Primary research is a form of data collection that relies solely on data collected directly by the researcher (that’s you!), without relying on any previously collected data from other studies.
There are many benefits to conducting primary research. For one, you own the data so there will be no barriers to access. What’s more, you can collect the data that is most relevant for answering your research questions. Ultimately, this helps to make your study more valid and reliable.
But there are disadvantages to primary research! Here, we will take a look at some of these downsides and see if there are any ways to mitigate them.
Cost is one of the major reasons why researchers, and organisations will choose not to use primary research. The time and resources involved in preparing the data, collecting a relevant data set, and managing the information can be extensive and for this reason it is a major disadvantage of the approach.
For many researchers, even if they want first-hand data for analysis and answering of research questions, the sample size, and the need to produce unique survey instruments, or undertake interviews is beyond their means or budget. This is why many researchers will discount the option of primary research when undertaking a thesis or experimental study.
As a student, you might find that you are unable to collect the data you want without there being a cost implication, and thus you might decide that it is better to opt for secondary research or collect simpler primary data instead.
Time, as a disadvantage of primary research, refers not just to the time involved in gathering (and analysing) the data, but also to the need for a clear and focused research, plan, development of survey instruments such as questionnaires or interviews, or experimental conditions. All of these take time and resources that may not be viable within the scope of a study or research project.
When considering a research question, or market research project, all factors need to be taken into account, including the potential reach of the project. For example, surveying every customer that goes into a store would not be sensible for any firm, or the information that a researcher needs within a defined time frame cannot be gathered easily due to access issues with the target population or similar. In these cases, it is not feasible to undertake primary research. Furthermore, in the current world climate of social distancing and concerns about health due to Covid-19, being able to access sufficient participants may not be feasible. As such, feasibility is a major drawback of using primary research.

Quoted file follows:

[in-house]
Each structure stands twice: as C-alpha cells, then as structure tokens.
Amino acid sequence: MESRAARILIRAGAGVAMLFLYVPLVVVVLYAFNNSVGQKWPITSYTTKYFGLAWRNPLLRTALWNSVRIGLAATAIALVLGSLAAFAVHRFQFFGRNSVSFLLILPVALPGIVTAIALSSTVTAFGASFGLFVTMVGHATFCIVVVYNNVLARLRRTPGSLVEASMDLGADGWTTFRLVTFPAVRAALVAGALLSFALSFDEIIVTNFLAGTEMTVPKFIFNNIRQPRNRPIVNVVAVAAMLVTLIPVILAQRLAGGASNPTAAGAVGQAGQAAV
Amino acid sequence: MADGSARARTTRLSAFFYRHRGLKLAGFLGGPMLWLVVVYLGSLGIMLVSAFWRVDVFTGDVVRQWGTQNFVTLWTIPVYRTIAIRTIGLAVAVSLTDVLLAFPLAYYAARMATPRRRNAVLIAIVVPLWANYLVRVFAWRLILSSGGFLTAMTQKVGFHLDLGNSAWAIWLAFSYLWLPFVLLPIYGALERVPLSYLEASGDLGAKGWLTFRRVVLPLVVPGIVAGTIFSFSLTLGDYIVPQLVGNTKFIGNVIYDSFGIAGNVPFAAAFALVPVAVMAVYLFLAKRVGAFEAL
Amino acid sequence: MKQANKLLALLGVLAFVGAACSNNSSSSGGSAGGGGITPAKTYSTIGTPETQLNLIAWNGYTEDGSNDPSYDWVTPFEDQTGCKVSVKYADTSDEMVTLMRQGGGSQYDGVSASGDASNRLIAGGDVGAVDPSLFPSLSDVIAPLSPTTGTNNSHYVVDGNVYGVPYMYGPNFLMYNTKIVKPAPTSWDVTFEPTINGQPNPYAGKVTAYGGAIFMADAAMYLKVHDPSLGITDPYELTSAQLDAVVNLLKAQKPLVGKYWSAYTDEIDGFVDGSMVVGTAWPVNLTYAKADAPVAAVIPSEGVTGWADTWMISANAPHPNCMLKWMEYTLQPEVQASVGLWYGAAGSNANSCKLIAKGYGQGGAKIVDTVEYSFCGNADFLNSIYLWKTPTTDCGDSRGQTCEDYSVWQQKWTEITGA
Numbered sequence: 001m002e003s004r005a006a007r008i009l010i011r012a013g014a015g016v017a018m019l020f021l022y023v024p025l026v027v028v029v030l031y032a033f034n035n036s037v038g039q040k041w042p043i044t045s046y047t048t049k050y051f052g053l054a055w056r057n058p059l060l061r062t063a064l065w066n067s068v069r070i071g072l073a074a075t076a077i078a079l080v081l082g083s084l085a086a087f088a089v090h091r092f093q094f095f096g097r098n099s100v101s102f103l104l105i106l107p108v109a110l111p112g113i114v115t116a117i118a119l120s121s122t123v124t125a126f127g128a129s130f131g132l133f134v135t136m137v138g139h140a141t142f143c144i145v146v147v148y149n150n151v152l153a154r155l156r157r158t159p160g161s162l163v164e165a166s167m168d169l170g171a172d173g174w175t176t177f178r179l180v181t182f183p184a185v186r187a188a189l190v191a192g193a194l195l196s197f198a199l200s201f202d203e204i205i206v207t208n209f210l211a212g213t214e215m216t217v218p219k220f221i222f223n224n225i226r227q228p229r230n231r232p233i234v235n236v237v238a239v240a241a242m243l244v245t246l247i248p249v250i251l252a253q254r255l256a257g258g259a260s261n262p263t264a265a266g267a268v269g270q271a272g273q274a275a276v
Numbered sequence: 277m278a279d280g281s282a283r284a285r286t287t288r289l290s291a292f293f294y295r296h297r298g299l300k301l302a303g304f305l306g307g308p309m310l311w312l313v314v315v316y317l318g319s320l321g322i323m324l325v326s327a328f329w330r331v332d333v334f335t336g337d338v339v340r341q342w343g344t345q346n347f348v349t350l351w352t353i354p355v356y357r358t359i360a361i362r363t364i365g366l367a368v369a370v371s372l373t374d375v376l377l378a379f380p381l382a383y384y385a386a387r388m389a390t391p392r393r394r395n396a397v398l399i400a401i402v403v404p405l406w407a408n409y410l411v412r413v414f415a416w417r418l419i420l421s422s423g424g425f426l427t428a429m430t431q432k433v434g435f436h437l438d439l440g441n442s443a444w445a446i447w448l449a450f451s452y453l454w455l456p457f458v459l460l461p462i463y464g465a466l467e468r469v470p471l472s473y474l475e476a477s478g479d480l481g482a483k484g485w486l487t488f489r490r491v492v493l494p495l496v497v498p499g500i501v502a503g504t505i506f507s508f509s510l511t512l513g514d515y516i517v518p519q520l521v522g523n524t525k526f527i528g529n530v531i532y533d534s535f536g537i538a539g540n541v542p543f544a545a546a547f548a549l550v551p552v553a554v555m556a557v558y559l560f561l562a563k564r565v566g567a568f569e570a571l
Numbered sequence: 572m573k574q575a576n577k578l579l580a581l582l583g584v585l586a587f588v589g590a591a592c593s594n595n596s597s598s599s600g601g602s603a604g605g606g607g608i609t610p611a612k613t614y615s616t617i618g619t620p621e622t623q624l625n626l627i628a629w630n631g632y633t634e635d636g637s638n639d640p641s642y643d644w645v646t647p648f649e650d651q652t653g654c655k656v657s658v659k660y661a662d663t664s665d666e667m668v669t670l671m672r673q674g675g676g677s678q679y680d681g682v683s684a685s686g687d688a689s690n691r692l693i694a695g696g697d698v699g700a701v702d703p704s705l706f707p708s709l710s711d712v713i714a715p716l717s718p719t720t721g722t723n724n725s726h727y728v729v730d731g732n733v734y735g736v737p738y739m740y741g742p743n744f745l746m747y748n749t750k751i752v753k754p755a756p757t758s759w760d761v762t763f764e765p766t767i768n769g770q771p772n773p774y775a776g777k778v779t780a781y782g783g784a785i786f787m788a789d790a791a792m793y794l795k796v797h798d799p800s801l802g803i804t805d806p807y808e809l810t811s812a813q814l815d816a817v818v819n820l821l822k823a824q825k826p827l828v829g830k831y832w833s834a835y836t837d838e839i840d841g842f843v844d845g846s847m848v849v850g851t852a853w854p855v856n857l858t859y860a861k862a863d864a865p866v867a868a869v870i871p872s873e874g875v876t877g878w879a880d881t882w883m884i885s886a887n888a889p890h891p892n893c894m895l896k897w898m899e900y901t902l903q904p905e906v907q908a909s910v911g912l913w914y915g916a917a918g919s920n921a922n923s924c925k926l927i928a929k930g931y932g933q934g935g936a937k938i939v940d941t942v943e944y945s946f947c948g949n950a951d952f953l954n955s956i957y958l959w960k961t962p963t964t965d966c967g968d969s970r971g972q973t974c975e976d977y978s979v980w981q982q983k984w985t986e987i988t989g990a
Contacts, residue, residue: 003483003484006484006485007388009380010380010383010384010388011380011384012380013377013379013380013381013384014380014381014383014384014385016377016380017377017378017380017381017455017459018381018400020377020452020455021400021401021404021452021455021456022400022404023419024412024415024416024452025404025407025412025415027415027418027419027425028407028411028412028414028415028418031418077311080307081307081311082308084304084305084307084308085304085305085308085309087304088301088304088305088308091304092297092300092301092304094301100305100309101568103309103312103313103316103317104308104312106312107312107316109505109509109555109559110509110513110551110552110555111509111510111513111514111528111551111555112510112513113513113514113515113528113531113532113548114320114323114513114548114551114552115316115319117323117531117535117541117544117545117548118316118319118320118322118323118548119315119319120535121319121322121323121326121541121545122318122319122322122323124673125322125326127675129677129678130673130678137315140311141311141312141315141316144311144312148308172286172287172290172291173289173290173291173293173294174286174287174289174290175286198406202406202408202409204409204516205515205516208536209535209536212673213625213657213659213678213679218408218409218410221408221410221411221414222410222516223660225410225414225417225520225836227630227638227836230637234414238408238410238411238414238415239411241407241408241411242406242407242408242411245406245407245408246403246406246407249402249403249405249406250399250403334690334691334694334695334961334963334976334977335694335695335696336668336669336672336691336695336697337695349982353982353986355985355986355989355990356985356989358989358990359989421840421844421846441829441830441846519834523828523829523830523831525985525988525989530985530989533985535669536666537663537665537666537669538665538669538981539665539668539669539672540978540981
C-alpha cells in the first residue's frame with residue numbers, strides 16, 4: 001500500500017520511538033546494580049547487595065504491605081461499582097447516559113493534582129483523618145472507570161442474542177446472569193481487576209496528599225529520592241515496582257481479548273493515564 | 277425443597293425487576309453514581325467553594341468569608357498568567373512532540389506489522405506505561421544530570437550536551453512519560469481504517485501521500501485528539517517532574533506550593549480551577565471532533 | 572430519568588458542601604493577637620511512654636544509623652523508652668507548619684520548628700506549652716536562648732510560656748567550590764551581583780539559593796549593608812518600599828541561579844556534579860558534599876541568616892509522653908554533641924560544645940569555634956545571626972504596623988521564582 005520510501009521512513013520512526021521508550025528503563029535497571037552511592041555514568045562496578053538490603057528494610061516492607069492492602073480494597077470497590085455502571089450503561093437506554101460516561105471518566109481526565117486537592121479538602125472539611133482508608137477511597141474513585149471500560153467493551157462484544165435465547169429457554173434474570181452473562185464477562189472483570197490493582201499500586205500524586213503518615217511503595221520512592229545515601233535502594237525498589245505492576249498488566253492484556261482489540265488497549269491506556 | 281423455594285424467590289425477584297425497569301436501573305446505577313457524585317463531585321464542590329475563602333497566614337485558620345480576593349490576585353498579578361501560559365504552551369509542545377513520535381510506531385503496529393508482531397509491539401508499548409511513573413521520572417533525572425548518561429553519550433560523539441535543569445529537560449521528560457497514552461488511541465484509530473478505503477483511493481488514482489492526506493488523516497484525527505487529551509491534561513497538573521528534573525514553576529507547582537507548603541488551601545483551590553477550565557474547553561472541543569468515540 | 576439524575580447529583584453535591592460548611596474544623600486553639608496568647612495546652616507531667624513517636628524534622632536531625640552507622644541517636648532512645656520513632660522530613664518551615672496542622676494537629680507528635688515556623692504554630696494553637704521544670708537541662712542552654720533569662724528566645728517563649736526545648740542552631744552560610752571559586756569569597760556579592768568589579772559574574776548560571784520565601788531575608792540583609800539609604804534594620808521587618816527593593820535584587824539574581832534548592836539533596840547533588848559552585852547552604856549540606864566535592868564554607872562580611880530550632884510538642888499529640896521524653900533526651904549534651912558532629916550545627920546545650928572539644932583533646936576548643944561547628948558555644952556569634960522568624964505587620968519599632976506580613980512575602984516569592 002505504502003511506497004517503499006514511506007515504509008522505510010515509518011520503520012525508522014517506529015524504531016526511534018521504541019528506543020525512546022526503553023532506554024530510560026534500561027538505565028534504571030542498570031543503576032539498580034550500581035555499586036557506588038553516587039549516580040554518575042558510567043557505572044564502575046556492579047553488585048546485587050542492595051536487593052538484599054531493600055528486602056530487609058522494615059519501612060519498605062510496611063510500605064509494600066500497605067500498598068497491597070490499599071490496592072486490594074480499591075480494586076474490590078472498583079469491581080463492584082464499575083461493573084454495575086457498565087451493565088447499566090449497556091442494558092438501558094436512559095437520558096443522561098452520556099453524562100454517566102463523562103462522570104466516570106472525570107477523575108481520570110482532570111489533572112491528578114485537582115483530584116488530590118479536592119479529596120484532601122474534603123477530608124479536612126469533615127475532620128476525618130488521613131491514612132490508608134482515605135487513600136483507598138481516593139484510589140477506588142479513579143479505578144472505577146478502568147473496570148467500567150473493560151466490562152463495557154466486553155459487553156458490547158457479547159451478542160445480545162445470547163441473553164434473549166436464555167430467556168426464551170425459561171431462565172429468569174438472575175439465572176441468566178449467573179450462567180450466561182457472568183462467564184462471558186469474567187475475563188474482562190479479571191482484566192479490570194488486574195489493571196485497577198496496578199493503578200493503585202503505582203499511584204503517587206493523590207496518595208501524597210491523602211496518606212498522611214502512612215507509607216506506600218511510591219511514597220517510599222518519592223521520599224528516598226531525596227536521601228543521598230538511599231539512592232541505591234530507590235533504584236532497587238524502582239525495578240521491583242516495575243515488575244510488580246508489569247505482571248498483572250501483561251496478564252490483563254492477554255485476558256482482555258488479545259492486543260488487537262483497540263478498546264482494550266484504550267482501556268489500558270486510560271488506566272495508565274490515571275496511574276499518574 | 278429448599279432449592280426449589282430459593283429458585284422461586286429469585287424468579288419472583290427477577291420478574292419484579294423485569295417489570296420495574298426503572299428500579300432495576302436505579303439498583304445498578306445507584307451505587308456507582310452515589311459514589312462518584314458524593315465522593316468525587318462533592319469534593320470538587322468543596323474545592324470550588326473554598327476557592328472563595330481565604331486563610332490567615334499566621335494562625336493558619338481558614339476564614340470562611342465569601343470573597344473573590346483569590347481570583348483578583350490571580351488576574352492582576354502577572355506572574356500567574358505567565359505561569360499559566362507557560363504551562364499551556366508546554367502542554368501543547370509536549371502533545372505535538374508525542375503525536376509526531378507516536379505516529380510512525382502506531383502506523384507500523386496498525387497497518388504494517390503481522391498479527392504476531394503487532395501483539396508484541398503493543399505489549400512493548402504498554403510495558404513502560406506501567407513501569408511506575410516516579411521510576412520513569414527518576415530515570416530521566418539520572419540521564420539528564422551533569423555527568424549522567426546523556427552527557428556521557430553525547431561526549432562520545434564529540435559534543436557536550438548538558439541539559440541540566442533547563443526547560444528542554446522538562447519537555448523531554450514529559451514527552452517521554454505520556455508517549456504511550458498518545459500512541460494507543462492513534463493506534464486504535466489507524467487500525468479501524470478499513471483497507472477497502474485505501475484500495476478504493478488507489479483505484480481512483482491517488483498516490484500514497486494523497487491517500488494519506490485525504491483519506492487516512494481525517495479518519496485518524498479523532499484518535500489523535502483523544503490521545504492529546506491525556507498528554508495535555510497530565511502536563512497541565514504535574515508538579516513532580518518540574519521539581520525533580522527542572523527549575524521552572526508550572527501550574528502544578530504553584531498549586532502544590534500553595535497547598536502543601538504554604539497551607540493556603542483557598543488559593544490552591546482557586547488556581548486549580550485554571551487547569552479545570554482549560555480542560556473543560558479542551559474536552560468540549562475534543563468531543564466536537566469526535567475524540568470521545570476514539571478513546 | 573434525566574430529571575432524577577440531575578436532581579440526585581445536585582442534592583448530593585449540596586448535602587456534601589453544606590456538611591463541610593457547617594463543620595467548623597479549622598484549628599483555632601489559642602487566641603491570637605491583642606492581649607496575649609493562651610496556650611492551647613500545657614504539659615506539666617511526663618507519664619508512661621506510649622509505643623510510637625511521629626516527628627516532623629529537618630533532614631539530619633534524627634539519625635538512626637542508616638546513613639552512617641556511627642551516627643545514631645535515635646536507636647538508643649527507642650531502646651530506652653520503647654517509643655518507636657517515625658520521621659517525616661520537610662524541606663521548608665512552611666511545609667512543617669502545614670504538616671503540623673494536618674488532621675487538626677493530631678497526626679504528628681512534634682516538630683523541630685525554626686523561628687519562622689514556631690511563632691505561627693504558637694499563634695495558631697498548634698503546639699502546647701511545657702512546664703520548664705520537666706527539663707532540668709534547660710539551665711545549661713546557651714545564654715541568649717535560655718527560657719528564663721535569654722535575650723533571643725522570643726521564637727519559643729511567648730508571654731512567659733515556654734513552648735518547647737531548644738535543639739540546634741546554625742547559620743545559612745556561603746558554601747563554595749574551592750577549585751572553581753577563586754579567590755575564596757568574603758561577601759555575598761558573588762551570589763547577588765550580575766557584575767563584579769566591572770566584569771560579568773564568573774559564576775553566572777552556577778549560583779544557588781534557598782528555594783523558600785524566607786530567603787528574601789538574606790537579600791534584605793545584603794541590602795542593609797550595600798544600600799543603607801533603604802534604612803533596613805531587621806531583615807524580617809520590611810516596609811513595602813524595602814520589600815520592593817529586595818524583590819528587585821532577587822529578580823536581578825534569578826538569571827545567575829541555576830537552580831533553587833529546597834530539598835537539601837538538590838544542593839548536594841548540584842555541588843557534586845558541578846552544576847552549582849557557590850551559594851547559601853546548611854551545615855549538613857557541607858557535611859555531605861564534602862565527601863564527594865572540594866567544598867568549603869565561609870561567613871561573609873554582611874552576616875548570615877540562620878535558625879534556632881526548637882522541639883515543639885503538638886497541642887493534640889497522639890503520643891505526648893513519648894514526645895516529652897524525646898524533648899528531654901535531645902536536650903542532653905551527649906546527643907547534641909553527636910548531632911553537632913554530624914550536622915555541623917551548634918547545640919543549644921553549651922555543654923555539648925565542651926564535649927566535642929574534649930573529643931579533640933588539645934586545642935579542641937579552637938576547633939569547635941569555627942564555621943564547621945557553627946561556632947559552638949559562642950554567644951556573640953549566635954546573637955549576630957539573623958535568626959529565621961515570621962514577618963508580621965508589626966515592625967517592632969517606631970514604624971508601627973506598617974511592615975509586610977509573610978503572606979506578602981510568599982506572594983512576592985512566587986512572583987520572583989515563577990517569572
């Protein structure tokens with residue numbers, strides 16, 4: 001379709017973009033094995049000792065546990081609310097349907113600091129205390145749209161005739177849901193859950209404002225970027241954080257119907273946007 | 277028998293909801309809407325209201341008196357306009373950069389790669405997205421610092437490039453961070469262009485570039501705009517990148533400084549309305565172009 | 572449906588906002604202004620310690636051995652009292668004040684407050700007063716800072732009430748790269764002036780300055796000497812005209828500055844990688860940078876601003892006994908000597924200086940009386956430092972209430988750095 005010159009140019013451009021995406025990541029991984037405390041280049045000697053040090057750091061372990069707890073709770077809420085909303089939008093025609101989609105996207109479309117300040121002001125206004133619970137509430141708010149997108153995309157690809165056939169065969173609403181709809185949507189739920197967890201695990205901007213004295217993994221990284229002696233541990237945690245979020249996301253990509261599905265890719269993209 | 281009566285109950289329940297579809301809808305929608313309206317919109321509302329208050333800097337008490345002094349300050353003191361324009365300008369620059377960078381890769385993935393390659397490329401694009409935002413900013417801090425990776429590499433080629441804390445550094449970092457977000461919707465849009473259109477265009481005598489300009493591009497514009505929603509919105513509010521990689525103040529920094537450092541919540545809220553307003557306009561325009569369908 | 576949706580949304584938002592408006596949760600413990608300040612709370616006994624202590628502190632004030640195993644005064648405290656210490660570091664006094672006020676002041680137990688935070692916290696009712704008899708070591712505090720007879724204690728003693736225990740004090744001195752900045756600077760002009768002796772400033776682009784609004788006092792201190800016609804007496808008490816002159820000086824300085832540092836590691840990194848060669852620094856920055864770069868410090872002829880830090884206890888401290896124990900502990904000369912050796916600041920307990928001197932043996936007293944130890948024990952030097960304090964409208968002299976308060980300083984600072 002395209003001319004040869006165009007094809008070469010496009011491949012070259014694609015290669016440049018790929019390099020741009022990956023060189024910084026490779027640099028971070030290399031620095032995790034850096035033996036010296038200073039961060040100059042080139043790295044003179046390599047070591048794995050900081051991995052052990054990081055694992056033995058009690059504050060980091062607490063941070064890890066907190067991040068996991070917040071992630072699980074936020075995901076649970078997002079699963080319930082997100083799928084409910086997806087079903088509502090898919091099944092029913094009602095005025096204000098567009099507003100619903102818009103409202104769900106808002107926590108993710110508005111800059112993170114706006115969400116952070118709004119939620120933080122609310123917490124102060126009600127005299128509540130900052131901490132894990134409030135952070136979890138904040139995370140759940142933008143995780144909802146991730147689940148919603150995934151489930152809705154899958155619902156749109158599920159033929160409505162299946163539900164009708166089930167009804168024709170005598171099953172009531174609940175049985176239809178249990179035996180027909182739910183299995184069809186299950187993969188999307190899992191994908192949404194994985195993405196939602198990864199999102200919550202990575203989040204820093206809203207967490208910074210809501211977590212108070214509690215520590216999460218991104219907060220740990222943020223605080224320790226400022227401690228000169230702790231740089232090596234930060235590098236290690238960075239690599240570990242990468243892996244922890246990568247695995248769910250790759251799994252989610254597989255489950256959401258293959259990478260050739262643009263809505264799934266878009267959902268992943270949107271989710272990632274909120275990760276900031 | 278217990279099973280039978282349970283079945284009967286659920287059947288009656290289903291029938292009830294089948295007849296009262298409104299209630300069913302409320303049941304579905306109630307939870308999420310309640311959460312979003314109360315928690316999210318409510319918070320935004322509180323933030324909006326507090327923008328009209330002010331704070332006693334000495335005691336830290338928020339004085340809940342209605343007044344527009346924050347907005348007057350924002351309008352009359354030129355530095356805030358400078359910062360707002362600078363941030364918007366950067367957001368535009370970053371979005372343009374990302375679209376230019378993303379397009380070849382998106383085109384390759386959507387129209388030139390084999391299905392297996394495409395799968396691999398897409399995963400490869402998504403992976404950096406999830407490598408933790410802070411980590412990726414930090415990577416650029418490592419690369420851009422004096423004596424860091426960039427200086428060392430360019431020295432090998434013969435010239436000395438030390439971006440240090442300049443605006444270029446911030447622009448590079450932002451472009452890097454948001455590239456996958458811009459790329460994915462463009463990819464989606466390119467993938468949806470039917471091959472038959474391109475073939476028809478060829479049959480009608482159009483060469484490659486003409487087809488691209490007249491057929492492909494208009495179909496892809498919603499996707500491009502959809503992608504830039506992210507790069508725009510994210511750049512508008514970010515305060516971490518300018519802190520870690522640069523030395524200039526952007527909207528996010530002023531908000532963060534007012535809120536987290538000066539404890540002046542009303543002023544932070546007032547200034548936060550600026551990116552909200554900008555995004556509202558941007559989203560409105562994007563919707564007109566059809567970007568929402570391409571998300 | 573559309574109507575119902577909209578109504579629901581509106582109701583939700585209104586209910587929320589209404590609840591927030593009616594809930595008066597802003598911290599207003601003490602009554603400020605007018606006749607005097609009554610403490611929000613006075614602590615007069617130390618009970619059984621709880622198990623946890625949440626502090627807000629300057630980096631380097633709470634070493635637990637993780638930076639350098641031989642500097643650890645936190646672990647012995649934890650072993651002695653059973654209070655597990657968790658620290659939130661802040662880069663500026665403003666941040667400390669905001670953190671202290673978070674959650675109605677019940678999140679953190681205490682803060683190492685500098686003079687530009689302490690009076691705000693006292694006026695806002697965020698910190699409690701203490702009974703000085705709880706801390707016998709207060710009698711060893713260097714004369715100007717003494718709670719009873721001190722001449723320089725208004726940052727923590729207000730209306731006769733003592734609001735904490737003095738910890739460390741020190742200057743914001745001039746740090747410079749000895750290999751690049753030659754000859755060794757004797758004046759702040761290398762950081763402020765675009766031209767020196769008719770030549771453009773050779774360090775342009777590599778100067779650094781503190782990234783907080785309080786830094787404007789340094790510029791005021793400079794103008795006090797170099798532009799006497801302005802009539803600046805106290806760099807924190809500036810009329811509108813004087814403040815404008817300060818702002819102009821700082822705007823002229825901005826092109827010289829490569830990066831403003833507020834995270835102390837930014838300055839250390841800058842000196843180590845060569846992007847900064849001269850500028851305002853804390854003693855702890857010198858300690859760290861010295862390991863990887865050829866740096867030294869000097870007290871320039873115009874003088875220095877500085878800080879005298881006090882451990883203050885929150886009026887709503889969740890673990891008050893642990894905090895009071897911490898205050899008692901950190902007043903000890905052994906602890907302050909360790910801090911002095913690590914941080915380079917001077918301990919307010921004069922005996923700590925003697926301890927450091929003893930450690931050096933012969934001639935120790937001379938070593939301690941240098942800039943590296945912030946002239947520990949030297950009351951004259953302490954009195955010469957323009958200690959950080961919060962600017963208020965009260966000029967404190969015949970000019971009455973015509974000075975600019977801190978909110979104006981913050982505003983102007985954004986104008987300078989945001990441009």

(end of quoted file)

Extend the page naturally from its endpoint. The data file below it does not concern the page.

Lack of Comparison
One disadvantage that is frequently overlooked in terms of primary research is that the data is unique to the study and thus there is no comparison with other works. This means that if mistakes are made in the analysis and final interpretation there is no back-up for the researcher from other datasets or previous works.
These disadvantages of primary data do not mean that it should not be used, but rather that when deliberating on which is the best type of data for your project, the advantages and disadvantages should be carefully considered.
Lack of Knowledge/ Experience
For many students, primary research is also quite a daunting prospect, which can be a disadvantage. Interviewing respondents and ensuring they give appropriate answers requires a very specific skill, in particular ensuring that the questions posed, whether multiple choice or open-ended are not biased in any way. If the survey instruments used are not objective or lead the respondent to a particular answer, due to the lack of knowledge and experience of the researcher, this can lead to skewed results and an unviable study. Furthermore, for many developing researchers, they may not have the confidence to approach a large sample group, and this can lead to inefficient interviewing / questionnaire delivery, which again can lead to incomplete or ineffective responses.
Even if all the other disadvantages have been overcome, primary data can still be challenging due to issues of access to the right population or sample. For example, you may have access to a broad student body, but you want to examine the effect of a phenomenon on those over 45. The question then arises as to how you access the required number of participants. As indicated in the feasibility section, whilst the internet and web-based surveys can alleviate this issue, being able to ensure that the sample who respond meet all your participant criteria is often difficult, making it harder to collect reliable, valid, data.
Choosing primary or secondary research?
So, what does this mean for you as a student? Should you only choose secondary data collection in order to avoid the risks associated with primary data collection?
No! The best approach is to carefully consider the pros and cons of primary and secondary research and choose the option that is best suited to your project.
That might be easier said than done though, especially if you’re still feeling confused about which option to choose.
Here at Ivory Research, we have specialists in both primary and secondary research who can advise accordingly. Do not hesitate to reach out if you need support with your dissertation!